The real problem came with the second volume however, and with the authors confession of just skipping the real second volume because he didn't really like the genre he originally planned for it... I mean, it's good that the author didn't write a fic he doesn't enjoy personally because there's no way the readers will enjoy that in that case but c'mon, how does that make sense?
Anyway, the second volume... It's not good. It's not as well planned, or well written as the first one. Also, the genre changed waaayyy too much in a matter of half a chapter. Every single character aside from the protagonist will appearently never be seen for at least 2 whole volumes because this next genre is going to last for so long. Addittionally, 2 years of timeskip between the first volume and the second was a bad idea considering the fact that we never even got to see how his life turned out to be after he solved his problem in the first volume. So learning that this is 2 years after that and understanding that he'll never get to be friends with those girls again is honestly speaking; annoying. It was such a disappointing and half assed ending that somehow managed to keep him-an avid manga reader-satisfied for over two years even though he probably would have raged at reading this type of ending to one of his favourite series.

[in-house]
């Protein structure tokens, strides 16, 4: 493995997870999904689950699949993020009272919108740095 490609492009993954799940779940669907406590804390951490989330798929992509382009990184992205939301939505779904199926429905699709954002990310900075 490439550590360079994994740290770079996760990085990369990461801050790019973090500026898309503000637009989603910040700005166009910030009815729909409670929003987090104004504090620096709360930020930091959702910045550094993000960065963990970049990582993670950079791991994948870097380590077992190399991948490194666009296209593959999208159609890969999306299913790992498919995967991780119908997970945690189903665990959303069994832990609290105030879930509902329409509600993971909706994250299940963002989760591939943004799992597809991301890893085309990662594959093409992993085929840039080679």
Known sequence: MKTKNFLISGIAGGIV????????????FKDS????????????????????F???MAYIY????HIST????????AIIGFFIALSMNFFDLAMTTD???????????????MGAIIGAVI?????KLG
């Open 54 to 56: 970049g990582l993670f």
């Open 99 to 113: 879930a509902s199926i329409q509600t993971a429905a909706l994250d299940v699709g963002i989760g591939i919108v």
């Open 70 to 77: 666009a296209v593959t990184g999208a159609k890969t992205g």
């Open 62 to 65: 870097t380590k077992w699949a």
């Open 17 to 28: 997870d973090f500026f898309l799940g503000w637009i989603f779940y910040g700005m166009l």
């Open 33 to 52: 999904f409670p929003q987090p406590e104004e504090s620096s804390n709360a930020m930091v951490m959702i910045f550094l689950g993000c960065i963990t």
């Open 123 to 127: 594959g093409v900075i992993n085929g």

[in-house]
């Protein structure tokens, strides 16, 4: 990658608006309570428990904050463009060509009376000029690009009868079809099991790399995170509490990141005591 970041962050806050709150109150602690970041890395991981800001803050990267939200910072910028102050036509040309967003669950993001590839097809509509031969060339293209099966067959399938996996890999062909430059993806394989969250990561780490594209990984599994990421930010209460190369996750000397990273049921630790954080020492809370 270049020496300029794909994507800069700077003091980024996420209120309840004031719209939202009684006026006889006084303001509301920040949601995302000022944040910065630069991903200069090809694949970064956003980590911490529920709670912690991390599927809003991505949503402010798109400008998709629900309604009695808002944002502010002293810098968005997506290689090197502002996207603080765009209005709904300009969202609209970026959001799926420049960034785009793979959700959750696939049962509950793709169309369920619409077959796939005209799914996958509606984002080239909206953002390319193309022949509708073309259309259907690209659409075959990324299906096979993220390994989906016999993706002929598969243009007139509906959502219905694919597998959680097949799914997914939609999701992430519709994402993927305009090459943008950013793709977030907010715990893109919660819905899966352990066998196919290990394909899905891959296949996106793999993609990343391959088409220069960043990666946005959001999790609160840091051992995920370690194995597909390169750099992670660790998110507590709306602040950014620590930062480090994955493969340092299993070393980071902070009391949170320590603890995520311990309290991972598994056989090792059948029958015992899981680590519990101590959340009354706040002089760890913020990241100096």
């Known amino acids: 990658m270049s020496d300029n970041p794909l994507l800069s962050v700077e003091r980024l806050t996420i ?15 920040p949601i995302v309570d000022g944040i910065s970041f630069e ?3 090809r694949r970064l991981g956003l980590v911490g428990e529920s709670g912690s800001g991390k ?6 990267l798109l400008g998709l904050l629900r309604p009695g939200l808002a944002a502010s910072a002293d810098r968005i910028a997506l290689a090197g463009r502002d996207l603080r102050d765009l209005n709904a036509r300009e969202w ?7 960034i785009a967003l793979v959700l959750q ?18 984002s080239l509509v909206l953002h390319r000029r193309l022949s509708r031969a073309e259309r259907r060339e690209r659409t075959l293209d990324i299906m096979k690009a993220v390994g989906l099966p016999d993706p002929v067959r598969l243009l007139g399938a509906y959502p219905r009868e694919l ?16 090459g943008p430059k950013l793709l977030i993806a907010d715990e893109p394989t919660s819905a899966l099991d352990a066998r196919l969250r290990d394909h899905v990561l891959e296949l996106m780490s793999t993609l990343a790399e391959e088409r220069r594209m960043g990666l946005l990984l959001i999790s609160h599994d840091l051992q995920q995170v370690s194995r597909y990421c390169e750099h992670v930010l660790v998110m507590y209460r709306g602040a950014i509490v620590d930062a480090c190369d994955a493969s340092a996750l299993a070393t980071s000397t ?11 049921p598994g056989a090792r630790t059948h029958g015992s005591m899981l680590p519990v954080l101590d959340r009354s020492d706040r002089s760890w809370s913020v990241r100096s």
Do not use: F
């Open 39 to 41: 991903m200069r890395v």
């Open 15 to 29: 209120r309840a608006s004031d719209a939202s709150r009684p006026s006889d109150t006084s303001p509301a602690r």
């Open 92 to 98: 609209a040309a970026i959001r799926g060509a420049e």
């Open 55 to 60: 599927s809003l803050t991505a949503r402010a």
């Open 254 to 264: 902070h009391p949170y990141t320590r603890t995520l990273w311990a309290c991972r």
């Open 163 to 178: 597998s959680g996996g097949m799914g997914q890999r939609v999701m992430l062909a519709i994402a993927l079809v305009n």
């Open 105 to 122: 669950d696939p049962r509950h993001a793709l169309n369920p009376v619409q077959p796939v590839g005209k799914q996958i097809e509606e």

Think about it, 2 YEARS. The girl who was staying with them has probably moved on looong ago, his 'childhood friend' might have gone through 5 other boyfriends by now and has most certainly forgotten about him, the busty girl is probably having difficulties making any friends now that she is going to college and can't even spend time with the tsundere and the tsundere and the teacher still haven't even gotten close to somehow solving their personal problems that end up causing them so much grief.